FTDI AS THE USB INTERFACE TO A SYSTEM
As explained before, one usage scenario for the FTDI device was where the system microprocessor has a spare UART that can connect to the FTDI, as shown in Figure 44-6. Generally for development boards this is not an option because there are no spare UARTs because they are usually all fully implemented as RS232 ports. If developing a new board, then an FTDI integrated circuit could be included in the design. Why would you do so when many embedded microprocessors already have USB ports? The answer is because it saves having to develop a USB driver.
The FTDI driver is not part of the BSP because this is needed on the host end of the USB. A BSP driver would need to be developed that implements a serial protocol over the UART for interacting with the Compact 7 system.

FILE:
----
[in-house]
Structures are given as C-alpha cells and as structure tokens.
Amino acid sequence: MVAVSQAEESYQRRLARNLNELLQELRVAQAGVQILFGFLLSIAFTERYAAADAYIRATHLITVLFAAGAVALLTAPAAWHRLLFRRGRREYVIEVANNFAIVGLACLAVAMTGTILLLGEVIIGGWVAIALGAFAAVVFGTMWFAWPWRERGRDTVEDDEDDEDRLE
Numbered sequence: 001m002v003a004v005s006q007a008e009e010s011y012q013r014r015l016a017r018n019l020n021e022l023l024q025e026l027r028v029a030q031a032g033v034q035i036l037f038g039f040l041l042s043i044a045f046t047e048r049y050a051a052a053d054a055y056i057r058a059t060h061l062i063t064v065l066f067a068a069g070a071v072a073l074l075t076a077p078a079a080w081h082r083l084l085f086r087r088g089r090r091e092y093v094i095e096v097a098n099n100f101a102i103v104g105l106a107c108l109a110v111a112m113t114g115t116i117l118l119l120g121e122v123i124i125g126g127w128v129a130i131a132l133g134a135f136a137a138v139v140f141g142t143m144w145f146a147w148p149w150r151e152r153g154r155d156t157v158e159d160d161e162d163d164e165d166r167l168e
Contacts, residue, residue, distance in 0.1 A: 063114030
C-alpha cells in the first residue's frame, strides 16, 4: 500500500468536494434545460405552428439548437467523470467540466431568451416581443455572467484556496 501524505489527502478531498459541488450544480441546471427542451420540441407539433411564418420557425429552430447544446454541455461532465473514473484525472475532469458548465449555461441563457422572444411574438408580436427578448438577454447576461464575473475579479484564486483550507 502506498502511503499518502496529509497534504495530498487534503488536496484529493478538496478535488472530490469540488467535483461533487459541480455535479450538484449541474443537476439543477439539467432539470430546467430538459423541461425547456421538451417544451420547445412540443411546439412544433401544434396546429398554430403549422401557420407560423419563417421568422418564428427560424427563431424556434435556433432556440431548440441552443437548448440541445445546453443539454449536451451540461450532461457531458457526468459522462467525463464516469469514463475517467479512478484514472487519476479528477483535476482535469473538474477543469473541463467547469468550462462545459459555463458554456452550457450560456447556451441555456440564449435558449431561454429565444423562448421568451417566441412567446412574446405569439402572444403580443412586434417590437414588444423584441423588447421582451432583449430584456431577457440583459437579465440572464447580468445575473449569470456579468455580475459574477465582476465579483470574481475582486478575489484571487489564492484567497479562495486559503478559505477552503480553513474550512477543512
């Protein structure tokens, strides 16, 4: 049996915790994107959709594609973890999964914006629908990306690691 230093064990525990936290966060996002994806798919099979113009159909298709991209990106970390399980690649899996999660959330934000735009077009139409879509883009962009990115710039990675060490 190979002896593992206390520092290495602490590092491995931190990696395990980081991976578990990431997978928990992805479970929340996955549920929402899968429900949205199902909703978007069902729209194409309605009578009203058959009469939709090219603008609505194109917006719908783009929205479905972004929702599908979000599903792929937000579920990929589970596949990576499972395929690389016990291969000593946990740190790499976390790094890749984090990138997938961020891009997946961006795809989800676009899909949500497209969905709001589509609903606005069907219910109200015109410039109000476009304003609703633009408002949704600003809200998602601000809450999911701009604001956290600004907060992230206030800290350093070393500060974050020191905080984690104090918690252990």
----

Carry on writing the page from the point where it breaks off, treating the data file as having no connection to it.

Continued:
The registry settings for the driver include a VendorID (VID) and a ProductID (PID). For systems that use an FTDI integrated circuit, although the VID must always identify FTDI in the driver’s registry setting, FTDI can grant OEMs unique PIDs that identify its product. If this is the case, typically a system would use the D2XX driver and implement custom functionality.
For development purposes, there are development modules such as the UM232R. These modules implement the ancillary USB circuitry plus a USB connector. The UART connectivity is provided as some pins. That ...